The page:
Thornton Perry has worked at Bellevue College for 45 of its 50 years and has held over a dozen different jobs at the institution, from the library to the track.
Perry graduated with a master’s degree in history from Ohio State University in 1969, working in the library and as a teaching assistant there. After two years as a high school teacher and coach in Ohio, he decided to move to Washington. “Everybody back in Ohio thought I was crazy,” Perry said. At that moment in history, Boeing was struggling and unemployment in the area was very high.
Perry arrived in Seattle on Halloween, 1971. “Perhaps it’s fitting,” Perry remarked. “I don’t know because I see the world sometimes a little different than a lot of people.” Perry soon made friends, one of whom, “happened to work for the employment security department.” By the end of November, Perry had escaped “unenjoyment,” as his friend described it, and landed a 13-week federally funded job at the circulation desk in BC’s Library Media Center.
“While I was doing this, the person in charge of the circulation desk – full time employee – resigned,” Perry explained. On March 1, 1972, Perry officially became a state employee at the college as the LMC’s circulation supervisor.
Two years after Perry’s arrival, the gym on campus opened – to get there one walked a winding path through dense woods occupied by flocks of quail and meandering deer. Soon, he became the head basketball scorekeeper and timekeeper. In 1975 he established women’s track and field program, which developed from an intramural to a full-fledged varsity program under his supervision. This was three years after the passage of Title IX, before which no woman’s athletic programs existed at the college, and were scarce elsewhere.
In the following years, Perry co-produced the first three Bellevue Community College jazz festivals which he said “eventually morphed into the city of Bellevue Jazz festival,” and he became a PE instructor as well as basketball coach while maintaining his position at the circulation desk.
In 1981, Perry became a member of the history faculty. At the time the department “was very small, it had two full-time people and one part-time person.” Perry explained the state had to make cutbacks, “so they implemented a strategy that was pretty standard – see if you can get people to take early retirement.” One of the full-time instructors retired, the other knew Perry had a degree and soon asked him “Hey TP, want to teach a history class?”
Beginning in the 1980s, Walter Annenburg – who published TV Guide – began paying public television networks to produce educational content through his nonprofit, the Annenburg Foundation. “This was the dawn of distance education,” said Perry. By 1984 BC had tele-courses for math, history, chemistry and art. Perry taught some history courses using the lectures created by PBS and others.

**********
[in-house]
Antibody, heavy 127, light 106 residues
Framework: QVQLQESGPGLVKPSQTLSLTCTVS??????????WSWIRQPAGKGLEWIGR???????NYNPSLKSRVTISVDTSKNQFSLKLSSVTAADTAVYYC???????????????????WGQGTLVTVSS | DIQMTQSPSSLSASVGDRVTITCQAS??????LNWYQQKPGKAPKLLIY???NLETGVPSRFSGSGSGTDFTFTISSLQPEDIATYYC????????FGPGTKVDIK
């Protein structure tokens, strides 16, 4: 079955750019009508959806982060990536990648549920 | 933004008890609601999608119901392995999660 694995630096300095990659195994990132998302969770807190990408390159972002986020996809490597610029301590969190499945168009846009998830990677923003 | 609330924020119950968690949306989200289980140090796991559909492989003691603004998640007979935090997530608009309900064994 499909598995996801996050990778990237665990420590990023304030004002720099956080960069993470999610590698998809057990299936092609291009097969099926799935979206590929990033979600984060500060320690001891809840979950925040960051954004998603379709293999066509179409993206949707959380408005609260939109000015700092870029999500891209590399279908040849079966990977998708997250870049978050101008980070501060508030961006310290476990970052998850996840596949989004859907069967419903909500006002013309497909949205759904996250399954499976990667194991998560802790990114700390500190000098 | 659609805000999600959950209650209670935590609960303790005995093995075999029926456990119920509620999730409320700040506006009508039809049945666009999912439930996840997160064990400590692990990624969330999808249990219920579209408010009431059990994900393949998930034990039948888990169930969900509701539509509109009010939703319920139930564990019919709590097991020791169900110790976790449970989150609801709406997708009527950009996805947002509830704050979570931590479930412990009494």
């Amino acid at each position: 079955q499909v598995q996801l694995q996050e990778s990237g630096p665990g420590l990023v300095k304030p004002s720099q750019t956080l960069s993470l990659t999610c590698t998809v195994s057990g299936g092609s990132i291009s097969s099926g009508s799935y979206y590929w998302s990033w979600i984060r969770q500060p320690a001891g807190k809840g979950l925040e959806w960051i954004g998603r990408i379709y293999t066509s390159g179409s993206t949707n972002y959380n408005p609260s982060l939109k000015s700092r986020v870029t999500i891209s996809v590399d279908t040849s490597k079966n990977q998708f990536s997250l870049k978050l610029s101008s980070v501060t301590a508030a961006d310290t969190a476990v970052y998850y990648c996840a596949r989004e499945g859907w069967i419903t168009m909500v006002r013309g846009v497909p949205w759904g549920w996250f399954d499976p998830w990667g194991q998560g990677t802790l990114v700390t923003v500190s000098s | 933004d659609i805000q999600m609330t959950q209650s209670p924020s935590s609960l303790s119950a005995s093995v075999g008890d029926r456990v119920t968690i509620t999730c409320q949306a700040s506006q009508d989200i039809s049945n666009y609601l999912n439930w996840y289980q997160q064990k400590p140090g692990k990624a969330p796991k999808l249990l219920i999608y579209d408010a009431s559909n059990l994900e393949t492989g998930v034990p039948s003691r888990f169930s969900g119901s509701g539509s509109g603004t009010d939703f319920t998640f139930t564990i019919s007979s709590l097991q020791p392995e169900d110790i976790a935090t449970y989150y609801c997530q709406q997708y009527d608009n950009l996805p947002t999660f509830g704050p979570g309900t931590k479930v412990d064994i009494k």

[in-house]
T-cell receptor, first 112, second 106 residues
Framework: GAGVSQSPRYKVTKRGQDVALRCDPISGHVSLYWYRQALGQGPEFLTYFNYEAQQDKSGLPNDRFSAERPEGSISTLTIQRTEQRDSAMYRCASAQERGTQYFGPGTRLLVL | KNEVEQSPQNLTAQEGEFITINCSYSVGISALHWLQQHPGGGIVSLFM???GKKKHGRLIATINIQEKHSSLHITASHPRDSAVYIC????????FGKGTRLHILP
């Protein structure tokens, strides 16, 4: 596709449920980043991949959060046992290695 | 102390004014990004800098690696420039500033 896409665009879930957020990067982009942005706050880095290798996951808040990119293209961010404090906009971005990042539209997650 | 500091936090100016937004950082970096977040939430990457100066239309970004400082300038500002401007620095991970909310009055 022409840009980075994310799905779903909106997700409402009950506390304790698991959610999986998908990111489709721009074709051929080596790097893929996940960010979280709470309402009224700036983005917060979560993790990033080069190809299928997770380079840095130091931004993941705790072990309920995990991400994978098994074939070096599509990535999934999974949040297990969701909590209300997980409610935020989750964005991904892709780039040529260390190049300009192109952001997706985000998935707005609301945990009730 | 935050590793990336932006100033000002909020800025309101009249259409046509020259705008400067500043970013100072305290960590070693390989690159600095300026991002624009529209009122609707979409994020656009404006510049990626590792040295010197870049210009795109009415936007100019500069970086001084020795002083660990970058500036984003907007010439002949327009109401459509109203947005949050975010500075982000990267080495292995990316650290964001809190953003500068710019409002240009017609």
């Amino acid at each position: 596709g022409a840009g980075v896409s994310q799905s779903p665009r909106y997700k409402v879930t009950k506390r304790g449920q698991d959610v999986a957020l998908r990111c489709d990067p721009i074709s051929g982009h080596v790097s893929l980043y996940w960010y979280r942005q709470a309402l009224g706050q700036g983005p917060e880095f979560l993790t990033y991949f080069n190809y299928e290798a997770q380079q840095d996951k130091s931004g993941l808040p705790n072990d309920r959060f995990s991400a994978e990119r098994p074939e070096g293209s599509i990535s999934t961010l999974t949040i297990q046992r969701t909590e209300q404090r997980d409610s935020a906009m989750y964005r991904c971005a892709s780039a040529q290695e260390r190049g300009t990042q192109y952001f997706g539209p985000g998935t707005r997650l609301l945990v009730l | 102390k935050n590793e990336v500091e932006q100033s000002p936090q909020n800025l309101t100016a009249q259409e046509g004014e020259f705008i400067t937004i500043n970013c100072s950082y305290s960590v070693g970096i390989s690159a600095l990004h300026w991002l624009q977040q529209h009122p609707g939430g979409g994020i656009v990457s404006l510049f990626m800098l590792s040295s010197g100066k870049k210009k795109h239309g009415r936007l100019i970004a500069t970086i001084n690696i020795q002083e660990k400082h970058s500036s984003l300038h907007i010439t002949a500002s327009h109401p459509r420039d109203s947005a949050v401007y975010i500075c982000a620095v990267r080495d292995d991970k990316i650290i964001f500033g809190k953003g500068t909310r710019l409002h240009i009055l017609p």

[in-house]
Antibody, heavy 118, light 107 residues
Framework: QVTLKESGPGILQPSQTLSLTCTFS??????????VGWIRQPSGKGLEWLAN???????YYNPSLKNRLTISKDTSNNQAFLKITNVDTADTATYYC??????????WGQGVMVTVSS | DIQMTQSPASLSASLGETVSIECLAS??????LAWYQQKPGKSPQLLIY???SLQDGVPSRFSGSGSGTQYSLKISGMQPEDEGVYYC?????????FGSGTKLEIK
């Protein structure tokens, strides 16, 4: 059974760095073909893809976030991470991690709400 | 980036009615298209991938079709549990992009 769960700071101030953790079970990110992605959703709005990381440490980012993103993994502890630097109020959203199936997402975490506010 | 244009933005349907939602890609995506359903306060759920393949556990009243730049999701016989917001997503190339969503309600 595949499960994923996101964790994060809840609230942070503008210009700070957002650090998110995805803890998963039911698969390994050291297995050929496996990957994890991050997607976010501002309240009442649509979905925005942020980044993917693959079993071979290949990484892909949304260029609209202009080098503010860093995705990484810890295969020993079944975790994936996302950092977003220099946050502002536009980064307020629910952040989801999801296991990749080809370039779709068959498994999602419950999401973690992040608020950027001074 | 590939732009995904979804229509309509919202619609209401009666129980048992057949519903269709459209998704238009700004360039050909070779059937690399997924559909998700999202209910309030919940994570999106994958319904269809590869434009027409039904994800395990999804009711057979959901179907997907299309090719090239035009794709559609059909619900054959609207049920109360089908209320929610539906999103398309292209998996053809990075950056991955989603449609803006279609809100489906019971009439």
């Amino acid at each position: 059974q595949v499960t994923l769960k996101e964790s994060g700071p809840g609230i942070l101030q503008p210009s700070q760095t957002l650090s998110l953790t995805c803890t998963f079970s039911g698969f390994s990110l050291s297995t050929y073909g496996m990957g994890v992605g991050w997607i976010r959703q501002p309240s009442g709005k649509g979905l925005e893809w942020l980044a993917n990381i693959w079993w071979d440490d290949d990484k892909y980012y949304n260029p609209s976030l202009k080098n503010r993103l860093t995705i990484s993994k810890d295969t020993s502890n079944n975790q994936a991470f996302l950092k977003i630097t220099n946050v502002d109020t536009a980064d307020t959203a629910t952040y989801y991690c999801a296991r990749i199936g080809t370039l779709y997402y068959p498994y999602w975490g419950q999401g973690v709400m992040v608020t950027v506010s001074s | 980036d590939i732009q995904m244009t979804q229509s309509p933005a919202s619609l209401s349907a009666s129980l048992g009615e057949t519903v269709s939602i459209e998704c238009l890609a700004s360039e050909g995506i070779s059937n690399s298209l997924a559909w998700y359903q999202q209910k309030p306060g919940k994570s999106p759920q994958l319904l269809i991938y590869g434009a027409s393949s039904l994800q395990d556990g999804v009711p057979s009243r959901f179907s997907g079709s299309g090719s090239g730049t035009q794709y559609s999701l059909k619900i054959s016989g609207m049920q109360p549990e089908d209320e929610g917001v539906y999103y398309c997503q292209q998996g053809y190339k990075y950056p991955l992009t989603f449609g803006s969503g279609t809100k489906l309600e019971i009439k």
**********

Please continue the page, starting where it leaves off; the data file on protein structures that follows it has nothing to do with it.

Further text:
Eventually, BC’s own channel 28 began distributing lectures filmed at the TV studio on campus, including a 40-hour course on Northwest history created by Perry. In 1988, Perry became the director of distance education and by the early 90s it was possible to get a full 90-credit transfer degree by taking telecourses alone.
Perry continued to teach and coach students and in 1999 he served as an interim OUA – organizational unit administrator, now called dean – of the social science division. Deanna Veyna, current social science division operations director, first began working at the college as an office assistant in her division that year. When she met Perry, “he was loud, vibrant and a story telling history instructor,” she stated. “Every time he came into the office it was like sitting by a warm fire as a child and being engrossed by a story that was being told by a wild frontiersman.”
Perry has watched BC grow from its fifth year to its 50th, but he warned “bigness brings bureaucracy, bureaucracy brings its own set of intrinsic problems – communication, computers not withstanding. My experience has been: ‘you can ship a lot of information back and forth real quick, but are you communicating?’”
“Today we sit behind computers and communicate with words. They are just that, words, with no feelings or expression to actually see and feel,” wrote Veyna. “I guess that is what I really like about TP. To this day he has never lost that personal touch or that sit down and talk face to face action.”
Perry retired in 2013, but has continued to teach a class or two a quarter.
“In all of these years I have known TP I have seen him dress up in slacks and shoes maybe two times, so it will a very sad day when my longtime friend decides to hang up his flip flops for a long deserved retirement. You talk about history… The day TP walks away from Bellevue College will be an historic day in itself,” wrote Veyna.